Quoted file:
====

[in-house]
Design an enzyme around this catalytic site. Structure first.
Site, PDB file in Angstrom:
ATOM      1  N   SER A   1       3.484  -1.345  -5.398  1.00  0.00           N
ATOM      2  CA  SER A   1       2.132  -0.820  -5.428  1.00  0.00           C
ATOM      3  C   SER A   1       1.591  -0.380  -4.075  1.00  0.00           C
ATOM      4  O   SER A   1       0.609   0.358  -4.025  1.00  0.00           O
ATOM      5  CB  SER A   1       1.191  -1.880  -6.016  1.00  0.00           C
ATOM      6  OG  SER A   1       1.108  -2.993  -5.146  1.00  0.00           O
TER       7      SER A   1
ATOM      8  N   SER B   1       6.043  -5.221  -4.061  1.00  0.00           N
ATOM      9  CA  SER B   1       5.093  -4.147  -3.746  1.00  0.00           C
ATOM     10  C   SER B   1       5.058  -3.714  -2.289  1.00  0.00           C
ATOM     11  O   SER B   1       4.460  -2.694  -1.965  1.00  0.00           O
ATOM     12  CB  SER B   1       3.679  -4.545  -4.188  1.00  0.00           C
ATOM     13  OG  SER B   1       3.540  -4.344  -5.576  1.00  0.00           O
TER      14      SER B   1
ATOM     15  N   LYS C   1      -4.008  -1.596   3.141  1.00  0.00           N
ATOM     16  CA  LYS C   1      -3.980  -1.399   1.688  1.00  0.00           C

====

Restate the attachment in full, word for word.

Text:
[in-house]
Design an enzyme around this catalytic site. Structure first.
Site, PDB file in Angstrom:
ATOM      1  N   SER A   1       3.484  -1.345  -5.398  1.00  0.00           N
ATOM      2  CA  SER A   1       2.132  -0.820  -5.428  1.00  0.00           C
ATOM      3  C   SER A   1       1.591  -0.380  -4.075  1.00  0.00           C
ATOM      4  O   SER A   1       0.609   0.358  -4.025  1.00  0.00           O
ATOM      5  CB  SER A   1       1.191  -1.880  -6.016  1.00  0.00           C
ATOM      6  OG  SER A   1       1.108  -2.993  -5.146  1.00  0.00           O
TER       7      SER A   1
ATOM      8  N   SER B   1       6.043  -5.221  -4.061  1.00  0.00           N
ATOM      9  CA  SER B   1       5.093  -4.147  -3.746  1.00  0.00           C
ATOM     10  C   SER B   1       5.058  -3.714  -2.289  1.00  0.00           C
ATOM     11  O   SER B   1       4.460  -2.694  -1.965  1.00  0.00           O
ATOM     12  CB  SER B   1       3.679  -4.545  -4.188  1.00  0.00           C
ATOM     13  OG  SER B   1       3.540  -4.344  -5.576  1.00  0.00           O
TER      14      SER B   1
ATOM     15  N   LYS C   1      -4.008  -1.596   3.141  1.00  0.00           N
ATOM     16  CA  LYS C   1      -3.980  -1.399   1.688  1.00  0.00           C